Why airlines don't have to pay passengers after computer meltdowns

WASHINGTON -- Passengers should have the right to compensation after computer scheduling problems lead to canceled and significantly delayed flights, a consumer travel group said after Delta Air Lines suffered a computer crash this week.

Passengers were left to sleep on the floors of airports as Delta grounded hundreds of flights worldwide.

"Congress is going to have to change the law," said Charlie Leocha, the founder of Travelers United.

There is no federal law requiring airlines to provide compensation to passengers for mismanaged flights. European countries have laws requiring airlines to feed passengers and pay for hotel costs for flights with significant schedule changes.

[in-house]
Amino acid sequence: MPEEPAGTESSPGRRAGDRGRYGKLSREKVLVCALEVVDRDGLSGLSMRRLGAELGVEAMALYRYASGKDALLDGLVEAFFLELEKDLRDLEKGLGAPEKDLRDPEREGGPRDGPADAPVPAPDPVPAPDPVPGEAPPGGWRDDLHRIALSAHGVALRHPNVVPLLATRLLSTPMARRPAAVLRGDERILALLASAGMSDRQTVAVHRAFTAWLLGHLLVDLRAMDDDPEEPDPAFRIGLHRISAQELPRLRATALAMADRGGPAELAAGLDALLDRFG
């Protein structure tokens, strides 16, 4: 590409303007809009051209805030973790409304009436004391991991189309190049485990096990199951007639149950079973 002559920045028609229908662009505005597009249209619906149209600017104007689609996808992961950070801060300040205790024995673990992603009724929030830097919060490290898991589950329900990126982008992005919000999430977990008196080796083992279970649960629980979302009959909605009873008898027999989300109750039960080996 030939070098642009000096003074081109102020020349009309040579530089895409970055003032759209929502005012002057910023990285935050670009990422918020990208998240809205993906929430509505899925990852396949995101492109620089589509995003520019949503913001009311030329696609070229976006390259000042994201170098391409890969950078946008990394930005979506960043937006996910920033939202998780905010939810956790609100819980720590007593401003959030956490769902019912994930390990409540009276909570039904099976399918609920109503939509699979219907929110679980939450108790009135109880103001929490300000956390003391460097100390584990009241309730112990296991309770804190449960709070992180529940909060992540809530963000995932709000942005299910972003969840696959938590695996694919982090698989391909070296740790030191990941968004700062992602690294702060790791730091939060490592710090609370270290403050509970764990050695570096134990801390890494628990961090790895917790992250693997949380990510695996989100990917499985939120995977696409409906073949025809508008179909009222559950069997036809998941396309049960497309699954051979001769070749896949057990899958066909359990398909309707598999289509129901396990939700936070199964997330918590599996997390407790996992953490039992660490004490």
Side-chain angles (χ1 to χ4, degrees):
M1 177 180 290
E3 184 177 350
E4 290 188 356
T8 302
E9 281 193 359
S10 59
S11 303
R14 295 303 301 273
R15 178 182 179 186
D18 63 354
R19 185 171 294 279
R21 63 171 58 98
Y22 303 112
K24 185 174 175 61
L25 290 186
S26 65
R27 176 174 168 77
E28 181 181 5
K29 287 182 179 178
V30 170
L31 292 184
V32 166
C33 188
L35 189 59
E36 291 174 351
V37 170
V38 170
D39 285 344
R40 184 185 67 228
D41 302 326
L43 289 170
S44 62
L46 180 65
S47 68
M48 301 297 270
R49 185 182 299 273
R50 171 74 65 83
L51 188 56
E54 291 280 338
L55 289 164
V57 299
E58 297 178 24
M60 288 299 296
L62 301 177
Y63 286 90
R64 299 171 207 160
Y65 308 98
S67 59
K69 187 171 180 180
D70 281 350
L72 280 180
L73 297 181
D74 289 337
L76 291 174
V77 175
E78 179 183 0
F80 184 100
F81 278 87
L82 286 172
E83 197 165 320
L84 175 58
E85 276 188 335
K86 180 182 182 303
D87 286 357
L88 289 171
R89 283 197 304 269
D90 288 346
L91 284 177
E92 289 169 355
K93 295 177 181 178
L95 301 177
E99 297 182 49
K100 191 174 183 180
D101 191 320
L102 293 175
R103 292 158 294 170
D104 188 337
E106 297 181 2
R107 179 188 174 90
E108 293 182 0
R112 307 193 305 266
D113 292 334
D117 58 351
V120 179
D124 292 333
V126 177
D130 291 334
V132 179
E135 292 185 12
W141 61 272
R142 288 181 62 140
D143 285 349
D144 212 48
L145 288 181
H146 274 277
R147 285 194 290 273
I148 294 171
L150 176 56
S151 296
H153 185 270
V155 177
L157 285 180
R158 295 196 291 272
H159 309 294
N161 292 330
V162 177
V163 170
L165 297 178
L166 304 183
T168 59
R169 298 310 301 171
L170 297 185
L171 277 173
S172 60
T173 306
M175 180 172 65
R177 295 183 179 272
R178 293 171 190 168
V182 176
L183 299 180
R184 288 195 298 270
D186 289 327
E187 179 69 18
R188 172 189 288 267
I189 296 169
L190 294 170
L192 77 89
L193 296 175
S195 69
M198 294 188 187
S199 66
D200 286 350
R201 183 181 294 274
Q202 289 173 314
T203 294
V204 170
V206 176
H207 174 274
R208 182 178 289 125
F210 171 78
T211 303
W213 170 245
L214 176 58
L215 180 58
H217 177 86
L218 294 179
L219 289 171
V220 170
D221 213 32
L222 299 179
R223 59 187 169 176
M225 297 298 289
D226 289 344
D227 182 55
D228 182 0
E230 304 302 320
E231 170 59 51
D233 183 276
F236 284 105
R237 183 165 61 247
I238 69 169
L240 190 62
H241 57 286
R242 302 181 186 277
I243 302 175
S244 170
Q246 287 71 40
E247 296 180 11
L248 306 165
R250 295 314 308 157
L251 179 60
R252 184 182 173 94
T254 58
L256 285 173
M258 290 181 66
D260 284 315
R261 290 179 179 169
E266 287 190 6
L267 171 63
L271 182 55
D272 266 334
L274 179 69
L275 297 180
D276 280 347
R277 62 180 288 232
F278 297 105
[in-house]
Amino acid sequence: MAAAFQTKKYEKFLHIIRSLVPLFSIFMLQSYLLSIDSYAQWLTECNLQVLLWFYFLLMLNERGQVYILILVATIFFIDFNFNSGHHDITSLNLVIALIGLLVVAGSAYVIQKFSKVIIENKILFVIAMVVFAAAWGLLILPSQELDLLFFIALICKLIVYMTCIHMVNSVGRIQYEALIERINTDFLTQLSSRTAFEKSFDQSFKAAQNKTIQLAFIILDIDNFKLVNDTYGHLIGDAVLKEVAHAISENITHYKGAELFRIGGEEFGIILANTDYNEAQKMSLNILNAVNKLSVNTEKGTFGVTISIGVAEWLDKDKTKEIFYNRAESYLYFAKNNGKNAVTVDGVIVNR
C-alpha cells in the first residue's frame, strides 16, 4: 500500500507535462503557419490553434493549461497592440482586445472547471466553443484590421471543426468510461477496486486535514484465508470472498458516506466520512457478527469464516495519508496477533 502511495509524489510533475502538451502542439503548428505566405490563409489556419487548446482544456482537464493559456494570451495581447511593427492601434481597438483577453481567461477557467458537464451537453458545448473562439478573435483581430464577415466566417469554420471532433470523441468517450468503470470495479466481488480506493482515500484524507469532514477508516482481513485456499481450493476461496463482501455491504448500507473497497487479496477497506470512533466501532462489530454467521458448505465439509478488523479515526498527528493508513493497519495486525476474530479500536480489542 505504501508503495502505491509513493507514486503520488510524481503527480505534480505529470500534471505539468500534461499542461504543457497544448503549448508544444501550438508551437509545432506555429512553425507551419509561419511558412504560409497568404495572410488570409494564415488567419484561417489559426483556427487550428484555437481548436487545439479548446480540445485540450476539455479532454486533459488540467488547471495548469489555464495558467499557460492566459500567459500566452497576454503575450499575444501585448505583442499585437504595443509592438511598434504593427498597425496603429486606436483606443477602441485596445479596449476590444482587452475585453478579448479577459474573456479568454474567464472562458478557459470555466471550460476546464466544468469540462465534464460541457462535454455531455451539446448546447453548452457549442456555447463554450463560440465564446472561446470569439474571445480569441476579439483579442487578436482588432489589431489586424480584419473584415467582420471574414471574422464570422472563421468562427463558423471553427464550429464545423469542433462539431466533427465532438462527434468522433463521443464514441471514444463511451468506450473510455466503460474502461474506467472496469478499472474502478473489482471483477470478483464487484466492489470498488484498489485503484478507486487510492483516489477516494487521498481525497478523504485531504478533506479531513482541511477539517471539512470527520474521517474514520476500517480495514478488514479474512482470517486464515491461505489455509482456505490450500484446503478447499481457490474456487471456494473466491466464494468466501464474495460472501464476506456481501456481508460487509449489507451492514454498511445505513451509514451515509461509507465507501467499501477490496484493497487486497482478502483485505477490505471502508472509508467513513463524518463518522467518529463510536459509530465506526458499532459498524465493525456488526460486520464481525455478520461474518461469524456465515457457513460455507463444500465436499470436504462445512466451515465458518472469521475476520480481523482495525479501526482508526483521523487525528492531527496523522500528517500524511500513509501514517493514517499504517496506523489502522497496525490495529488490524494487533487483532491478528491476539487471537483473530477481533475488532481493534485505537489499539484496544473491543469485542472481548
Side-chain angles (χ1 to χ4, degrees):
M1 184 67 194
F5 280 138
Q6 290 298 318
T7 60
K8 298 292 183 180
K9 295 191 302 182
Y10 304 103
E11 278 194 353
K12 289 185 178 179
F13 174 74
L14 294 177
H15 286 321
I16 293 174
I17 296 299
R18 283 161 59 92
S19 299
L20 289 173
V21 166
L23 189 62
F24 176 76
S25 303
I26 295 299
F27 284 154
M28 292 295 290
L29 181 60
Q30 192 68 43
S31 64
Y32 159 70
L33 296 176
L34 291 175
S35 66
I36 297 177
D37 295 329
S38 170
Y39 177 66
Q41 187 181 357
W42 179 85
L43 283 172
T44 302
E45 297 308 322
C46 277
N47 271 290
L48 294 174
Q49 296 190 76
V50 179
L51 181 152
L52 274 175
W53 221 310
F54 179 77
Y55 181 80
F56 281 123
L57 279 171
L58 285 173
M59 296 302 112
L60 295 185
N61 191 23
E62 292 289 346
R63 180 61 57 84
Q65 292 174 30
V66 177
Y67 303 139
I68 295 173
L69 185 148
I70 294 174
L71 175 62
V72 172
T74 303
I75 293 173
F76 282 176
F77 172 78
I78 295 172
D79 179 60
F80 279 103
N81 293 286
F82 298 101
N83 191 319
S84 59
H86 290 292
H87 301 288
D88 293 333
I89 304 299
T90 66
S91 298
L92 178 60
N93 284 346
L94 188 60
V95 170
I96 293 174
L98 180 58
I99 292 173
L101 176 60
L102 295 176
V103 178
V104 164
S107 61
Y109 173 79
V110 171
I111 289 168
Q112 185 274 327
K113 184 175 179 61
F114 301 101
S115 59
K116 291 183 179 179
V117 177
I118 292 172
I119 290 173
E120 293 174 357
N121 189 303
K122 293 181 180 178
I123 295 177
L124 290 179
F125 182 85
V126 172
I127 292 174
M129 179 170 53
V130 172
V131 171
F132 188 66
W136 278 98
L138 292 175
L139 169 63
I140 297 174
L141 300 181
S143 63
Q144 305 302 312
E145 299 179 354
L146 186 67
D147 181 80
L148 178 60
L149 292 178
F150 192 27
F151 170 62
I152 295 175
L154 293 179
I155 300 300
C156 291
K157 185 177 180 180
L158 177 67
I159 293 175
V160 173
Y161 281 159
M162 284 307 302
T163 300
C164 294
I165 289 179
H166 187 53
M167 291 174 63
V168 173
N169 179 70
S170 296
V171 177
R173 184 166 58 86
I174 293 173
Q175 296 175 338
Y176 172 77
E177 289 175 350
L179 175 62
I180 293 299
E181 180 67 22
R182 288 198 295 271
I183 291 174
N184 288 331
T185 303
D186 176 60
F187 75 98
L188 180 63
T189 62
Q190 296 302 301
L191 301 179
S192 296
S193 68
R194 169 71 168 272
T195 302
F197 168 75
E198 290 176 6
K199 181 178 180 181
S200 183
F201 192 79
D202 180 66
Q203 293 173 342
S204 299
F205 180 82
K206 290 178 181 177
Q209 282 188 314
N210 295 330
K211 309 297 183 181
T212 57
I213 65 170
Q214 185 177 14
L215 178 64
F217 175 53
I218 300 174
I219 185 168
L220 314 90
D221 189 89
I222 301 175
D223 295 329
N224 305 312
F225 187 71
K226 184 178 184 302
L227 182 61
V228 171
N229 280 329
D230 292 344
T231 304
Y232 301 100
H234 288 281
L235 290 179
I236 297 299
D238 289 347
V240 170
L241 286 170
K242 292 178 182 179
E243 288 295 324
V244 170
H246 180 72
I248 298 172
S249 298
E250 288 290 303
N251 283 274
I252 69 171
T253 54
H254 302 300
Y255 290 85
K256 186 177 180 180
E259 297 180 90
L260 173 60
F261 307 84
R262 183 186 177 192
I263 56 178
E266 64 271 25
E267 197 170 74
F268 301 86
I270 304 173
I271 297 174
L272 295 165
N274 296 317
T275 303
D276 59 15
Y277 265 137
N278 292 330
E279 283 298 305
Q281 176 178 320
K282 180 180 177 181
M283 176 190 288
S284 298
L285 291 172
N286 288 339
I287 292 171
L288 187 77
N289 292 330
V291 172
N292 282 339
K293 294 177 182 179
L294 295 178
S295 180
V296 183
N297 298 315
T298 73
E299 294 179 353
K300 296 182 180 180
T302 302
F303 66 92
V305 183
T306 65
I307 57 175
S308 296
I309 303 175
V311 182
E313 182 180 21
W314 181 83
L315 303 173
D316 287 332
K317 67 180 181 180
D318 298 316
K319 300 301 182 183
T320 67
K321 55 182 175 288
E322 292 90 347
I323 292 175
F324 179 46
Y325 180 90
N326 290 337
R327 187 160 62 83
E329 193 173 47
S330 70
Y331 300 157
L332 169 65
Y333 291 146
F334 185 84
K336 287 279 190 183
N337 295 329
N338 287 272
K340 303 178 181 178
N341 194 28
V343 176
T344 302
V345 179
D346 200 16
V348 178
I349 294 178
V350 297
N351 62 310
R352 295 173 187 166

"The American flying public should not be liable and should not be punished for the failures of Delta," Leocha said.

The airline says it's offering compensation to customers who were significantly affected by delays or cancelations. Customers experiencing a delay of more than three hours, or a canceled flight, could receive $200 in vouchers for future travel.

Delta also said in some cases, customers were provided with hotel rooms or other accommodations.

Other travel experts say this is not an area where Congress needs to step in.

"It's not a safety issue so Congress doesn't need to act there," said Rui Neiva, a policy analyst at the Eno Center for Transportation. "It's mostly a business issue and people will vote with their wallets if this keeps happening to an airline continuously."